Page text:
Double Entry Accounting for Personal Finance?

Discussion in 'Quickbooks' started by dh003i, Nov 21, 2005.

  1. dh003i

    dh003i Guest

    I'm trying to migrate from Linux to Windows. One thing I've noticed is
    the lack of a Windows program that can do double-entry accounting for
    personal finance. I have a trial version of QuickBooks installed (Pro
    2004), and it seems really geared towards setting up things for small
    businesses. I'm having difficulty figuring out how to handle
    investments made in stocks, mutual funds, or retirement accounts in
    QuickBooks. When I set up a checking account with QuickBooks, it seems
    to want to classify everything as either income or an expense, but a
    check written up to go to a Roth IRA trust is neither.

    As for Quicken, it doesn't do double-entry accounting, thus isn't
    particularly satisfying to me. I've heard some people say that it
    really "can" be double-entry accounting, so-long as you assign
    everything to a category. This seems rather simplistic, as one also
    needs to do split transactions for many things. For example, consider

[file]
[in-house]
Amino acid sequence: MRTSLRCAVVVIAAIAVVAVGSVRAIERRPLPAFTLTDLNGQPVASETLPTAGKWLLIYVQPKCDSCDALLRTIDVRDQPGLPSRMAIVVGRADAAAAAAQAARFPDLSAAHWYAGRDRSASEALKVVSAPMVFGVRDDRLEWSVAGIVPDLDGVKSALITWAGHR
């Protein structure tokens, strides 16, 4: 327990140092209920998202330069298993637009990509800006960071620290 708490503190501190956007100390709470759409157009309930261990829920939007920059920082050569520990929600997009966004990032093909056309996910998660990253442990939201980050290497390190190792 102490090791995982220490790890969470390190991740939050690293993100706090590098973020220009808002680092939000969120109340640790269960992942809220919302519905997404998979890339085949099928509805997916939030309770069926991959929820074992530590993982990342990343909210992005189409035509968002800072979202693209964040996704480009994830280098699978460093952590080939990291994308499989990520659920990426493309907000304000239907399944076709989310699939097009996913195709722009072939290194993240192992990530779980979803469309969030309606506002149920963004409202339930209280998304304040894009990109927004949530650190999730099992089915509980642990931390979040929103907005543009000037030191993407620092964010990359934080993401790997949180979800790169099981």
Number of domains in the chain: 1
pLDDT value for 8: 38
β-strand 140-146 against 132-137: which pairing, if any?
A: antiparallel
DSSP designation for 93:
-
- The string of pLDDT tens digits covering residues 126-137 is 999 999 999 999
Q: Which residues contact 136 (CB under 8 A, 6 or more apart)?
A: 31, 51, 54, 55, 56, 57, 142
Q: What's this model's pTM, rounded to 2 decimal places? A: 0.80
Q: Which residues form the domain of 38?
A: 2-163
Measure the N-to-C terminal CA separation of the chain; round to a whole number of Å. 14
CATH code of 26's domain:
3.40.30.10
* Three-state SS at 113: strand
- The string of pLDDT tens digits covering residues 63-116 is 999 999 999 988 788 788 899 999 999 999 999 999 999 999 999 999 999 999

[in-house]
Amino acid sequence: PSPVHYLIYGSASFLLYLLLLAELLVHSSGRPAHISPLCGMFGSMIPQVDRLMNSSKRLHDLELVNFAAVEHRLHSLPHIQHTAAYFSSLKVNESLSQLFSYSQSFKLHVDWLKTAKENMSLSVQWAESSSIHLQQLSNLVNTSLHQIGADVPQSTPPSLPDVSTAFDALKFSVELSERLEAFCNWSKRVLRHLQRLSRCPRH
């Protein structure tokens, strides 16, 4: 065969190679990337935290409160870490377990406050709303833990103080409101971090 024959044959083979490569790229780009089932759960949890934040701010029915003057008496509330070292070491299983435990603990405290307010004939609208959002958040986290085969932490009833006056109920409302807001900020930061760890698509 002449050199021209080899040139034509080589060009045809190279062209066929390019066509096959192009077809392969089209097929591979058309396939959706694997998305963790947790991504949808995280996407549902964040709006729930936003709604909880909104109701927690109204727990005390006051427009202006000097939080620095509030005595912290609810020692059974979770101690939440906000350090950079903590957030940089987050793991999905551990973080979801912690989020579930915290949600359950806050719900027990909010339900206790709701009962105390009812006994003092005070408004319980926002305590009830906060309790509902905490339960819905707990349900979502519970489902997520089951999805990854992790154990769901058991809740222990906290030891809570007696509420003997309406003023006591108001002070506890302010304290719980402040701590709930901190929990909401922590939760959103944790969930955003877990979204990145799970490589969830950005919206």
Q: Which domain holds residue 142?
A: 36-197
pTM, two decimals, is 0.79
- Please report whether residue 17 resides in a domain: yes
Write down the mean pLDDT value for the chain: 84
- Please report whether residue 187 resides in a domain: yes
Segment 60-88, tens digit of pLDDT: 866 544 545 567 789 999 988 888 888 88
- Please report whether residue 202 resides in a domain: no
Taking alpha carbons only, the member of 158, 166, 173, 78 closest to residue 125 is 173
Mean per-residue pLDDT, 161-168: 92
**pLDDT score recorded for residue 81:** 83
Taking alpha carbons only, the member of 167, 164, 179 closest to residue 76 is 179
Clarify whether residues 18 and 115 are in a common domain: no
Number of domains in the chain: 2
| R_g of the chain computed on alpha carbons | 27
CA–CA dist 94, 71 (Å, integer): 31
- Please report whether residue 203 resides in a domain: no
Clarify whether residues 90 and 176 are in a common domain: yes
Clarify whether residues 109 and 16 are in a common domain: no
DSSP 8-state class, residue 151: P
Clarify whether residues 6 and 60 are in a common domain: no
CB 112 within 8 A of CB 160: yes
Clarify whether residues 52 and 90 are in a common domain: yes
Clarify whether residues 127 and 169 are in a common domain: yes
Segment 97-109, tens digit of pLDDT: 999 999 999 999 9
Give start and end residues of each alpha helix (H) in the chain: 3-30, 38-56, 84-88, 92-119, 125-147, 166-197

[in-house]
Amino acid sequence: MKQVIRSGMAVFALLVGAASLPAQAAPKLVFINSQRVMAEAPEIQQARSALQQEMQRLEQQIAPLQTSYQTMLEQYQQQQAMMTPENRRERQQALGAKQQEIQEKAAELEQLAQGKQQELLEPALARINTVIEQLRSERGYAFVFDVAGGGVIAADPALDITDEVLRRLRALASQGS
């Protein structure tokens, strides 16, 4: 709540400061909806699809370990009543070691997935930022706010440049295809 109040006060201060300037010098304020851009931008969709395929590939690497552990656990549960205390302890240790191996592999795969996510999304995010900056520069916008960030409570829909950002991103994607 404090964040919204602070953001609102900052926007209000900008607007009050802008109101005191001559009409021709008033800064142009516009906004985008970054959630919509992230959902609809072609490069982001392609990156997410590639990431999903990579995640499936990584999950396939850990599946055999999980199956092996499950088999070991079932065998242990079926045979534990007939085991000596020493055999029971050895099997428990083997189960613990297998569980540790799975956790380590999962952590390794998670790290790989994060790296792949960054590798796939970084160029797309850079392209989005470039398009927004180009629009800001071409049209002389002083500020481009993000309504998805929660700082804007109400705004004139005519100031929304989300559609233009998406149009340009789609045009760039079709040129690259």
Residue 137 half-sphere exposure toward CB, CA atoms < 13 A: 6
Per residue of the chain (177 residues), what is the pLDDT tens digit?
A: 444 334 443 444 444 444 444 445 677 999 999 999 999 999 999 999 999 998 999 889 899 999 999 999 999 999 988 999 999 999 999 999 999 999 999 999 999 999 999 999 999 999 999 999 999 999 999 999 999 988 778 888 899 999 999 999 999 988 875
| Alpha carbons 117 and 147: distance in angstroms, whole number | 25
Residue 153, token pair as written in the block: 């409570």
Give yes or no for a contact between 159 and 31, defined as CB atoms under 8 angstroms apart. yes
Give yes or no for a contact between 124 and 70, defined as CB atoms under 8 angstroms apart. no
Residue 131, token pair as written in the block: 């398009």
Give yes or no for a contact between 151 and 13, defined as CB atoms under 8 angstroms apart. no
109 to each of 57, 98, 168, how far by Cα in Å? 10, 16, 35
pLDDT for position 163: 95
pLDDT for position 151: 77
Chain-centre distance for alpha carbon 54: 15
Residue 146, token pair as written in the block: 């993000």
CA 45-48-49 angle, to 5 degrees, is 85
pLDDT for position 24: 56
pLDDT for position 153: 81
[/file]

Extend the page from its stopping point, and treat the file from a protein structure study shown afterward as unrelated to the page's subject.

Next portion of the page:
my paycheck. In GnuCash, what I'd do is the following

    Cr: Salary
    Dr: Taxes (split out into federal, state, local, SS)
    Dr: 403(b) plan
    Dr: Checking account

    That's a split transaction, where the money comes from one account (the
    credited account) and goes to multiple accounts (Taxes, 403(b),
    checking). It doesn't seem possible to do this in Quicken.

    As for QuickBooks, I'm having difficulty figuring out how to split a
    transaction like that in it. What I need to do is get into the Salary
    account, and record the transaction from there, splitting the
    transaction such that the Salary account is credited, while federal
    tax, state tax, local tax, 403(b), and checking accounts are debited,
    such that the sum of those debits equals the amount the salary account
    was credited. However, QuickBooks seems very restrictive, and wants me
    to do everything from the checking account (to whence the statement
    data of a payment amount was downloaded); but that's incomplete

    Can anyone help me out here? This was all relatively simple in GnuCash,
    as it allowed me control over the accounts I was creating. Not so in
    dh003i, Nov 21, 2005
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  2. dh003i